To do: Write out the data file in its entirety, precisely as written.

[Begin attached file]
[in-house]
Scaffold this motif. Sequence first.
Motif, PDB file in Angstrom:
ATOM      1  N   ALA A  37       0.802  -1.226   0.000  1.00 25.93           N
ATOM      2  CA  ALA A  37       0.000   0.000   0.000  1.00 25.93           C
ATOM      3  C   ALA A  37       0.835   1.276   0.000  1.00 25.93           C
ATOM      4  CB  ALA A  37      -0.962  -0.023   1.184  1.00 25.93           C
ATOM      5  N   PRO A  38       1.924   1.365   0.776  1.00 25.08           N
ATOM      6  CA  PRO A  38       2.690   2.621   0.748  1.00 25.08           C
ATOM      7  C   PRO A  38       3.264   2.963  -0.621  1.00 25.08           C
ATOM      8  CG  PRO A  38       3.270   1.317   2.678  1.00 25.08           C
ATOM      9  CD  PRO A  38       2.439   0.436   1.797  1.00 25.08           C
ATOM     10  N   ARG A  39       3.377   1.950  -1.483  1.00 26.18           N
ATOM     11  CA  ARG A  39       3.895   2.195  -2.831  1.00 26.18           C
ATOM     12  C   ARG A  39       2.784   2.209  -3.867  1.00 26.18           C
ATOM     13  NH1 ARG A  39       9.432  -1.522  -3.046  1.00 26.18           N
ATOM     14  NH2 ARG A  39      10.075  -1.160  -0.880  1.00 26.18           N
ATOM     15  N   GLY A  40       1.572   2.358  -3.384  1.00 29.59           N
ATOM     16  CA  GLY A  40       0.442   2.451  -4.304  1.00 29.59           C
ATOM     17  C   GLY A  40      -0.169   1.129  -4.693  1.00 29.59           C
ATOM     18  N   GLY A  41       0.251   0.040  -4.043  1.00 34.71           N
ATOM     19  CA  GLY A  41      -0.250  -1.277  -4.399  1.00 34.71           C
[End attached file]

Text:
[in-house]
Scaffold this motif. Sequence first.
Motif, PDB file in Angstrom:
ATOM      1  N   ALA A  37       0.802  -1.226   0.000  1.00 25.93           N
ATOM      2  CA  ALA A  37       0.000   0.000   0.000  1.00 25.93           C
ATOM      3  C   ALA A  37       0.835   1.276   0.000  1.00 25.93           C
ATOM      4  CB  ALA A  37      -0.962  -0.023   1.184  1.00 25.93           C
ATOM      5  N   PRO A  38       1.924   1.365   0.776  1.00 25.08           N
ATOM      6  CA  PRO A  38       2.690   2.621   0.748  1.00 25.08           C
ATOM      7  C   PRO A  38       3.264   2.963  -0.621  1.00 25.08           C
ATOM      8  CG  PRO A  38       3.270   1.317   2.678  1.00 25.08           C
ATOM      9  CD  PRO A  38       2.439   0.436   1.797  1.00 25.08           C
ATOM     10  N   ARG A  39       3.377   1.950  -1.483  1.00 26.18           N
ATOM     11  CA  ARG A  39       3.895   2.195  -2.831  1.00 26.18           C
ATOM     12  C   ARG A  39       2.784   2.209  -3.867  1.00 26.18           C
ATOM     13  NH1 ARG A  39       9.432  -1.522  -3.046  1.00 26.18           N
ATOM     14  NH2 ARG A  39      10.075  -1.160  -0.880  1.00 26.18           N
ATOM     15  N   GLY A  40       1.572   2.358  -3.384  1.00 29.59           N
ATOM     16  CA  GLY A  40       0.442   2.451  -4.304  1.00 29.59           C
ATOM     17  C   GLY A  40      -0.169   1.129  -4.693  1.00 29.59           C
ATOM     18  N   GLY A  41       0.251   0.040  -4.043  1.00 34.71           N
ATOM     19  CA  GLY A  41      -0.250  -1.277  -4.399  1.00 34.71           C